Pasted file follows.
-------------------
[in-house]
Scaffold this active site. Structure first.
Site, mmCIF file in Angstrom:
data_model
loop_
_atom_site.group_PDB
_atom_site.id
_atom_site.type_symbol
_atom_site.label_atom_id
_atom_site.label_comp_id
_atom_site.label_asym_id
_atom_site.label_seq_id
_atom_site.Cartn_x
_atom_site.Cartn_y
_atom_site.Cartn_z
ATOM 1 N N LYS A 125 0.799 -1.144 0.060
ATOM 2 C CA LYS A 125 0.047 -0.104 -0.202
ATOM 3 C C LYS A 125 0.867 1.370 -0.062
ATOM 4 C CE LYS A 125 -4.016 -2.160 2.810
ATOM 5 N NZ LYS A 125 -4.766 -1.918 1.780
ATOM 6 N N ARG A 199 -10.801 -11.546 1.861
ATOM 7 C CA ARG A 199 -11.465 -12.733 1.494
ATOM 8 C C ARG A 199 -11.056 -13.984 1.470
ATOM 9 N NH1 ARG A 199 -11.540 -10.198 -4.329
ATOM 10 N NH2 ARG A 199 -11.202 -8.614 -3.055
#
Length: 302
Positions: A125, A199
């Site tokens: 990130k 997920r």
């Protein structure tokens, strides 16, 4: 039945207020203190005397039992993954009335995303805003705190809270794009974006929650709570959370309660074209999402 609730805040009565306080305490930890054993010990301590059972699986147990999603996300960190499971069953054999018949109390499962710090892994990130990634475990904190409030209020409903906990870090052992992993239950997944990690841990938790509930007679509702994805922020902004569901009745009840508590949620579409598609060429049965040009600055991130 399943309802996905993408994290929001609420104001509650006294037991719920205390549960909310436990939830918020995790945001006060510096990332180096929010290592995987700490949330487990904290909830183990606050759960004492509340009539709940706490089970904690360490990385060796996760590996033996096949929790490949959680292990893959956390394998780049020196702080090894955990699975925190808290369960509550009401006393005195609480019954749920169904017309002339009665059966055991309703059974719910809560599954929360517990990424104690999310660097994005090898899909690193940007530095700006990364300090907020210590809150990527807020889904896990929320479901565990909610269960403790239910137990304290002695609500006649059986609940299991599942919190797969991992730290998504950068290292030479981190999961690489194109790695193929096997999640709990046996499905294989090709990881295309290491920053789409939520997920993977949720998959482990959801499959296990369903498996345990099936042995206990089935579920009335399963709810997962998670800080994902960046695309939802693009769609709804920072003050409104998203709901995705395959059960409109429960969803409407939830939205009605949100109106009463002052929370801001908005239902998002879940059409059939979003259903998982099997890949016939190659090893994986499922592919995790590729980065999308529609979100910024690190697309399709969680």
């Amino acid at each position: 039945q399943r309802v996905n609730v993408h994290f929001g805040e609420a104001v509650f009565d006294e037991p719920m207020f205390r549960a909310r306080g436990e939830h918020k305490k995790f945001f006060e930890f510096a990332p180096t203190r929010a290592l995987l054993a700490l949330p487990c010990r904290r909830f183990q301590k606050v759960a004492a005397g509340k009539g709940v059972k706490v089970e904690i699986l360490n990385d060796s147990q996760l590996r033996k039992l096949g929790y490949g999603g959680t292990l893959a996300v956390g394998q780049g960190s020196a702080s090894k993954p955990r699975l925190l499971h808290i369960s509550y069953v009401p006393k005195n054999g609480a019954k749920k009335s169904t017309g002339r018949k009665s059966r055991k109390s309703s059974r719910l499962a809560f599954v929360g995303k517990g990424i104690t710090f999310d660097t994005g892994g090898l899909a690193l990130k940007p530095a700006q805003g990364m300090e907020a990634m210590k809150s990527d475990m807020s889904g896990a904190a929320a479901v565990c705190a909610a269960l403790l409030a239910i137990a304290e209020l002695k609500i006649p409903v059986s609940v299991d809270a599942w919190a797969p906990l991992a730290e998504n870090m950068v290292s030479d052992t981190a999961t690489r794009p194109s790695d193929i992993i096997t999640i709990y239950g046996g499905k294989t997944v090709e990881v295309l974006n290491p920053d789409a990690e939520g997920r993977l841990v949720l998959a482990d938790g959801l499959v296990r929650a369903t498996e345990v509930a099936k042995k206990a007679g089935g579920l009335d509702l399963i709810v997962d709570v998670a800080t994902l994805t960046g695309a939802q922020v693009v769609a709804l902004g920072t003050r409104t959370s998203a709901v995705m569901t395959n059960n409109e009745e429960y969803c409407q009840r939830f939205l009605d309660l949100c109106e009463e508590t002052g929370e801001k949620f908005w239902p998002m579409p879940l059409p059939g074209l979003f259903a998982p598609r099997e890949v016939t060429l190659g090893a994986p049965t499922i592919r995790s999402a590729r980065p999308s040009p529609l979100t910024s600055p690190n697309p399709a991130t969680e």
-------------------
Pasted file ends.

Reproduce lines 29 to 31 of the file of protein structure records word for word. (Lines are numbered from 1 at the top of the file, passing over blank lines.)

């Site tokens: 990130k 997920r």
């Protein structure tokens, strides 16, 4: 039945207020203190005397039992993954009335995303805003705190809270794009974006929650709570959370309660074209999402 609730805040009565306080305490930890054993010990301590059972699986147990999603996300960190499971069953054999018949109390499962710090892994990130990634475990904190409030209020409903906990870090052992992993239950997944990690841990938790509930007679509702994805922020902004569901009745009840508590949620579409598609060429049965040009600055991130 399943309802996905993408994290929001609420104001509650006294037991719920205390549960909310436990939830918020995790945001006060510096990332180096929010290592995987700490949330487990904290909830183990606050759960004492509340009539709940706490089970904690360490990385060796996760590996033996096949929790490949959680292990893959956390394998780049020196702080090894955990699975925190808290369960509550009401006393005195609480019954749920169904017309002339009665059966055991309703059974719910809560599954929360517990990424104690999310660097994005090898899909690193940007530095700006990364300090907020210590809150990527807020889904896990929320479901565990909610269960403790239910137990304290002695609500006649059986609940299991599942919190797969991992730290998504950068290292030479981190999961690489194109790695193929096997999640709990046996499905294989090709990881295309290491920053789409939520997920993977949720998959482990959801499959296990369903498996345990099936042995206990089935579920009335399963709810997962998670800080994902960046695309939802693009769609709804920072003050409104998203709901995705395959059960409109429960969803409407939830939205009605949100109106009463002052929370801001908005239902998002879940059409059939979003259903998982099997890949016939190659090893994986499922592919995790590729980065999308529609979100910024690190697309399709969680």
């Amino acid at each position: 039945q399943r309802v996905n609730v993408h994290f929001g805040e609420a104001v509650f009565d006294e037991p719920m207020f205390r549960a909310r306080g436990e939830h918020k305490k995790f945001f006060e930890f510096a990332p180096t203190r929010a290592l995987l054993a700490l949330p487990c010990r904290r909830f183990q301590k606050v759960a004492a005397g509340k009539g709940v059972k706490v089970e904690i699986l360490n990385d060796s147990q996760l590996r033996k039992l096949g929790y490949g999603g959680t292990l893959a996300v956390g394998q780049g960190s020196a702080s090894k993954p955990r699975l925190l499971h808290i369960s509550y069953v009401p006393k005195n054999g609480a019954k749920k009335s169904t017309g002339r018949k009665s059966r055991k109390s309703s059974r719910l499962a809560f599954v929360g995303k517990g990424i104690t710090f999310d660097t994005g892994g090898l899909a690193l990130k940007p530095a700006q805003g990364m300090e907020a990634m210590k809150s990527d475990m807020s889904g896990a904190a929320a479901v565990c705190a909610a269960l403790l409030a239910i137990a304290e209020l002695k609500i006649p409903v059986s609940v299991d809270a599942w919190a797969p906990l991992a730290e998504n870090m950068v290292s030479d052992t981190a999961t690489r794009p194109s790695d193929i992993i096997t999640i709990y239950g046996g499905k294989t997944v090709e990881v295309l974006n290491p920053d789409a990690e939520g997920r993977l841990v949720l998959a482990d938790g959801l499959v296990r929650a369903t498996e345990v509930a099936k042995k206990a007679g089935g579920l009335d509702l399963i709810v997962d709570v998670a800080t994902l994805t960046g695309a939802q922020v693009v769609a709804l902004g920072t003050r409104t959370s998203a709901v995705m569901t395959n059960n409109e009745e429960y969803c409407q009840r939830f939205l009605d309660l949100c109106e009463e508590t002052g929370e801001k949620f908005w239902p998002m579409p879940l059409p059939g074209l979003f259903a998982p598609r099997e890949v016939t060429l190659g090893a994986p049965t499922i592919r995790s999402a590729r980065p999308s040009p529609l979100t910024s600055p690190n697309p399709a991130t969680e």